Self-Care for the Introverted Parent
My boys are my greatest accomplishment. I remember before I had my first, I would imagine little versions of myself lounging around, listening to quiet acoustic music, devouring books as sustenance.
I imagined them wide eyed & thoughtful.
I couldn’t wait to pour into them everything that I held close to my heart. There were so many things I wanted to teach them… so many conversations I couldn’t wait to have.
I’d worked with children my whole life, at one point, believing I would eventually obtain my degree in Early Childhood Education. I knew how kids worked. I knew how much attention and effort they required. What I didn’t realize, however, was how much different it is once you have your own.
Motherhood is challenging for everyone, and I believe even more so for introverts. When Parker was born, I barely had time to complete a thought. He came trumpeting into my life: dirt, snails, puppy dog tails and the like. He needed SO much from me all at once, and there was no one qualified enough in either of our eyes to step in and give me a break.
During this time, we lived in a state that was unfamiliar to me. My family was over 1,000 miles away. We had an amazing support system through our church, but as an extremely anxious momma, I had a really difficult time accepting help from anyone.
So for the first 2 years of his life, he was glued to my side.
This left very little room for “recharging” my introvert battery. I was physically and emotionally exhausted.
Don’t get me wrong, I’ve never EVER resented or regretted becoming a mother. Without my boys, I’d be a ship without a lighthouse. It’s just that children demand SO much, and as introverts, it’s much easier for us to be drained dry by their demands.
Not only does this affect our personal well-being, but it can affect our children as well. When we’re exhausted, we have less patience, & we are less likely to engage and be intentional with our kids.
Recharging isn’t optional for introverts, and especially not the introverted parent.
It’s an absolute necessity.
I always feel like I’m somehow cheating my kids. Like they’d be better off with some social butterfly-extroverted-supermom who packs their daily schedule with play-dates, outings and activities.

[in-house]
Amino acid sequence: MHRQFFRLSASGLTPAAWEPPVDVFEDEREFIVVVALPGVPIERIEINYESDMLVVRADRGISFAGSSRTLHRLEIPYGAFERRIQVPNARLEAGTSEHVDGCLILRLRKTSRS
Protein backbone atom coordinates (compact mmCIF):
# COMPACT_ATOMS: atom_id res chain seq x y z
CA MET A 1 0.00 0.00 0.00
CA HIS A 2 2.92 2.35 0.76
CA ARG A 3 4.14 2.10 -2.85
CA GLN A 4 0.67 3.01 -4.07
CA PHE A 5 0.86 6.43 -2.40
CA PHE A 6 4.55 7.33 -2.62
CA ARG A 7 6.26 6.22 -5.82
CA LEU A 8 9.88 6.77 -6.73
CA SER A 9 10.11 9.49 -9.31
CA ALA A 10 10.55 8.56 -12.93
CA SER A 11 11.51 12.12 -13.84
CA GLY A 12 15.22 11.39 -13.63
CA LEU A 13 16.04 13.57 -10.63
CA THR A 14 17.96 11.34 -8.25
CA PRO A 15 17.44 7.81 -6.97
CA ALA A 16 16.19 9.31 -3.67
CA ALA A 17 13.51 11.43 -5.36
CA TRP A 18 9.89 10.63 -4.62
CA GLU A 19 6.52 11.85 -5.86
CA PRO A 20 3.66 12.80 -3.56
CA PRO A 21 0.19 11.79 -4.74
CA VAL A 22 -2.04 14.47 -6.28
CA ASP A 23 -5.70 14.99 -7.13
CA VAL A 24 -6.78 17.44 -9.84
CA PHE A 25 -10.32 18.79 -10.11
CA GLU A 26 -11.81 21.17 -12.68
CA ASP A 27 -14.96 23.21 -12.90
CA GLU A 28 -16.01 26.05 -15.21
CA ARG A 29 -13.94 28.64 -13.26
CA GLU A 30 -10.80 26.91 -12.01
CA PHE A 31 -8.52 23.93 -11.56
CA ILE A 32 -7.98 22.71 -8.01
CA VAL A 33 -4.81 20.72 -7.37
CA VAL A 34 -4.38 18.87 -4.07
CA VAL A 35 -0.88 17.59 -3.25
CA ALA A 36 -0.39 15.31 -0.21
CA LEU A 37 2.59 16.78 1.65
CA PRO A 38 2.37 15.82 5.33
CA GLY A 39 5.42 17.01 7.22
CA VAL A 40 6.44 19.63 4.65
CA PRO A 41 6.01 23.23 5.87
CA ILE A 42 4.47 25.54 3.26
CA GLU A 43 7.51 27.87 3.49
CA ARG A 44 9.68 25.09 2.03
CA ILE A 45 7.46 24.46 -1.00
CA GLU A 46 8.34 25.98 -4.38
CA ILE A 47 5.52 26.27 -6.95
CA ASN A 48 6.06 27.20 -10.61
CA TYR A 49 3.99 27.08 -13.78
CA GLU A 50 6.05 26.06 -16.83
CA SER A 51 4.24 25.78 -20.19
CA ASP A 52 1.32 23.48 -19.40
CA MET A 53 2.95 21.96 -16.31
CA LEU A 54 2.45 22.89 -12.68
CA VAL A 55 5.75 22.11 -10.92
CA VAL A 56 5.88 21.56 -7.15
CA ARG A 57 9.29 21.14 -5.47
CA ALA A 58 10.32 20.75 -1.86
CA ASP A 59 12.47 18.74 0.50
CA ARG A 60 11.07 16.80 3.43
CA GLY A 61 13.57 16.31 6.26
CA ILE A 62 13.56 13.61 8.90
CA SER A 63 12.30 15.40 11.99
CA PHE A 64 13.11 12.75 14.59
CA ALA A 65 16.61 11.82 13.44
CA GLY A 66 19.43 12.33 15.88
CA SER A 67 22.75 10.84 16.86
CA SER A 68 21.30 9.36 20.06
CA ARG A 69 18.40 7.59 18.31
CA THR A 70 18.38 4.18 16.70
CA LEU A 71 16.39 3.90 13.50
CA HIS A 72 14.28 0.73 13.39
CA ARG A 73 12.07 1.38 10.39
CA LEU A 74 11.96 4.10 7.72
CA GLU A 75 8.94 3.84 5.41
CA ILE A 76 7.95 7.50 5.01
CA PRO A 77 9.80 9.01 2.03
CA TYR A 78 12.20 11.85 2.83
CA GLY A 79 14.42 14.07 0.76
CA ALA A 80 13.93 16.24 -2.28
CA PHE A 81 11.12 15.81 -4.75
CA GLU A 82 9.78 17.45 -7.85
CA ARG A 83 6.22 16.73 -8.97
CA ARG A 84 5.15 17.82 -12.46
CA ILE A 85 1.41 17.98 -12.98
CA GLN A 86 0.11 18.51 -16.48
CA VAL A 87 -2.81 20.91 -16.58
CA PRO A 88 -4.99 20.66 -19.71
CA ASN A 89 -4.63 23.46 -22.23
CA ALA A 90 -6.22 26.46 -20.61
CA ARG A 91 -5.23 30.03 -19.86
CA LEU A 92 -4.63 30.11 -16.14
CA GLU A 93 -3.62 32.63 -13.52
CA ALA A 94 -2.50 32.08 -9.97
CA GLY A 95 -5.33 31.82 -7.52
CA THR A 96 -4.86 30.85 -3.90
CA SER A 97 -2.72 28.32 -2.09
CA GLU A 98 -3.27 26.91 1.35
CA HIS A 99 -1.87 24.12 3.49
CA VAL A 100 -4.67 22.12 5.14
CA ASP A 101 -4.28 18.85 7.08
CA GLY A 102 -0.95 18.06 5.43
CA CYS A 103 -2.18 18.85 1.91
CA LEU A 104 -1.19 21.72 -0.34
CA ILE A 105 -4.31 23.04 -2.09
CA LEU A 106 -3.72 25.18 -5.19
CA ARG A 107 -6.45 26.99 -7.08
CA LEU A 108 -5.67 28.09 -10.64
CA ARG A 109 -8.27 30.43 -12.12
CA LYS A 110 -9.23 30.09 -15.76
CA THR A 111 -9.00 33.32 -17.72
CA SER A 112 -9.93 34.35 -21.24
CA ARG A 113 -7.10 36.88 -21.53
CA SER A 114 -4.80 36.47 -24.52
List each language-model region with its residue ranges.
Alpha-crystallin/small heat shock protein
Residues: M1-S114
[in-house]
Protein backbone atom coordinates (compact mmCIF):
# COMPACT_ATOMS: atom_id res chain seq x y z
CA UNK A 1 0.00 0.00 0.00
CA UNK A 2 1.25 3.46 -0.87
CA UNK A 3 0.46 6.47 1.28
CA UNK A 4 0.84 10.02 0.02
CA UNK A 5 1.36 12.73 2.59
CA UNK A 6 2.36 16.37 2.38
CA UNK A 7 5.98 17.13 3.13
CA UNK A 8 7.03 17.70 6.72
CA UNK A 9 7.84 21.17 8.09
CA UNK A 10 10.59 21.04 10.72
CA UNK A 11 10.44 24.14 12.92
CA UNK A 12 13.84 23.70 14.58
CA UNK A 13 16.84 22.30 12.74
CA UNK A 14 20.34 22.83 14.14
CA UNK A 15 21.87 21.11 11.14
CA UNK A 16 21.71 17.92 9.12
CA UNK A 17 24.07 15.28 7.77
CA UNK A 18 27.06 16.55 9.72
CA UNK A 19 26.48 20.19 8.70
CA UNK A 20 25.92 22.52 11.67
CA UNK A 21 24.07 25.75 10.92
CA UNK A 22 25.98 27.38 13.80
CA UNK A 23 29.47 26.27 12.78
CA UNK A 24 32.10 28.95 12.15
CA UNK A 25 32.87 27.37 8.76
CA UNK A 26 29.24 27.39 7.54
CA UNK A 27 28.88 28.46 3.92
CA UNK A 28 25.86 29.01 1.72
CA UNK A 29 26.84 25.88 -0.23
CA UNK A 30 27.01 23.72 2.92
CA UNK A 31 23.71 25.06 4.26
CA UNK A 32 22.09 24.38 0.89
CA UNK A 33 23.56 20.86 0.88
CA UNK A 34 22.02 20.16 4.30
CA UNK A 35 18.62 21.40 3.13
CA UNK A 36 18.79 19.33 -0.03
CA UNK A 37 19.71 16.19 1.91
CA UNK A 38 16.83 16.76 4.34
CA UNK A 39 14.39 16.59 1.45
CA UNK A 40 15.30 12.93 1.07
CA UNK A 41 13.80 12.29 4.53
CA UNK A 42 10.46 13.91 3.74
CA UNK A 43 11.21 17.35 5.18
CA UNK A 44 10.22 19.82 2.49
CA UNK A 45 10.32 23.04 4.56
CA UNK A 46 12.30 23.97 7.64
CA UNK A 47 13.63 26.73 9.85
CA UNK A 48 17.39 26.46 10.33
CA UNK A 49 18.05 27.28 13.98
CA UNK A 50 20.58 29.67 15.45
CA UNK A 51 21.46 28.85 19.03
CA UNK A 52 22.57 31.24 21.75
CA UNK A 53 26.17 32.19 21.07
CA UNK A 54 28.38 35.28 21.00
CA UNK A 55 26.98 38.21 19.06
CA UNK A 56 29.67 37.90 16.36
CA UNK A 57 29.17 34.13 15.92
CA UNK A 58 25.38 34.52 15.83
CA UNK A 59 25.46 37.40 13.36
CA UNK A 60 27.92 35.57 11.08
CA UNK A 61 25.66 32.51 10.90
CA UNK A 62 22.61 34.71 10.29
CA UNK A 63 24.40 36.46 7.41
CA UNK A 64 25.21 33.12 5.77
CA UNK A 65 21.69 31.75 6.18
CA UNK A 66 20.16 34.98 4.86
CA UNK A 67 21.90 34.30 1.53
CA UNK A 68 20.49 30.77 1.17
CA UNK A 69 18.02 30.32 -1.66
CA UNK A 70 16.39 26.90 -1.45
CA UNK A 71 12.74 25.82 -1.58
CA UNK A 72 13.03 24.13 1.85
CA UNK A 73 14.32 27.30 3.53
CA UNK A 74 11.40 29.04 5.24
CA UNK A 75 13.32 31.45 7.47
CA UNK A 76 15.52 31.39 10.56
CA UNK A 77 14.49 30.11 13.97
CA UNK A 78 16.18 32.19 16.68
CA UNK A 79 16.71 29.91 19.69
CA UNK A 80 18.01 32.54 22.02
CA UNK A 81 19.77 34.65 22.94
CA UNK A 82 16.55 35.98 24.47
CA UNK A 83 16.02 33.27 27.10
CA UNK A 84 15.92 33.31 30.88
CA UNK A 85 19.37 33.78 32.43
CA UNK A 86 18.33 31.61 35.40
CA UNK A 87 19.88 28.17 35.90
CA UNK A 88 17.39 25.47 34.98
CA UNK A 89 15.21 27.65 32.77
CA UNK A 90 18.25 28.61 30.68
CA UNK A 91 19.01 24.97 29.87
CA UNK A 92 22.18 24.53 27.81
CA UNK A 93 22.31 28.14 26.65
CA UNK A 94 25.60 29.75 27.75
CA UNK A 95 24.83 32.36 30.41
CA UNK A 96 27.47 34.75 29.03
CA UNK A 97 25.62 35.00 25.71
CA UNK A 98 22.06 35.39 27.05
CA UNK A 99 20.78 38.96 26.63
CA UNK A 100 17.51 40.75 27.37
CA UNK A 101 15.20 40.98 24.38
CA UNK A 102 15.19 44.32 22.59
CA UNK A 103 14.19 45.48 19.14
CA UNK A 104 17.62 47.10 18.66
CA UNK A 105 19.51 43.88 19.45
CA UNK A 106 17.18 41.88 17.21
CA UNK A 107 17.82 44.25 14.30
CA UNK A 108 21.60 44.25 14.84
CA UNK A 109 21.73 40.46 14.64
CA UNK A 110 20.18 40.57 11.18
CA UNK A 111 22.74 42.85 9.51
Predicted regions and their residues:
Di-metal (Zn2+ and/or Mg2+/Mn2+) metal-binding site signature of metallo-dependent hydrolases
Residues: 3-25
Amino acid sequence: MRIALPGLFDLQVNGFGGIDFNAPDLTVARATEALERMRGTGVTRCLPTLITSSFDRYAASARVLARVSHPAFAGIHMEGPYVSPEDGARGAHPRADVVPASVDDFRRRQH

I see my extroverted friends with their kiddos doing all sorts of things, and my boys and I are lucky to have maybe one outside-of-the-house activity a week.
Thankfully, I’ve been reminded by close friends (I'm looking at you, Kris) that I am my children’s mom for a reason.
I know my boys didn’t just coincidentally fall into my lap. As someone who struggled for years with infertility and loss, I believe strongly that God gave me my boys at the very specific time that He did, for very specific reasons.
I am their mom for a reason.
YOU are your children’s parent for a reason.
They don’t need some other extroverted supermom.
They need you, and only you, at your very best.
YOU are their supermom/parent.
Can we all do better as parents? Of course. There is always room to improve. However, the idea that you are somehow not good enough because you are an introvert, or socially anxious, is just not true.
Give your kids the very best of you by taking care of yourself.
Tell them every day that you love them.
These are the ONLY things that matter. (and, you know, nourishment and whatnot) :-P
How to Balance
I need you to hear what I am about to tell you…
I am talking to YOU introverted mom/dad..
Are you listening?
It is OK to tell people no.
As someone who is a self-diagnosed people pleaser, trust me when I say, I know this can be difficult.
However, I decided a long time ago that I have two priorities:
1.) My kids.
2.) My sanity.
I can not be everything to everyone. Nether can you.
This does not mean I constantly blow people off or hide away like a hermit. There are times I need/want to get out and do things with people who mean a lot to me. Sometimes, I will push myself and go to an event simply because I love the person who invited me and I want to “show up” for them.
A lot of the time, though, I need evenings and weekends to recharge from giving all of myself and my energy to my kids. That’s how I’m able to be the very best version of myself.
"No" doesn’t need a drawn out explanation. I usually say, “This week was rough and I need tonight/this weekend to recover. Thanks for the invite, though!”
The people who know you and know your heart will understand.
To Sum Up
· Finding a good balance as an introverted parent is difficult, but necessary.
· It’s important to take care of yourself and make sure you’re at your best so that you can give the best to your little ones.
· If you love them, and you’re doing your best, you are NOT cheating your kids.
· It’s OK to be picky with your outings and what you choose to say “yes” to.
And above all else, you are enough for your kids. <3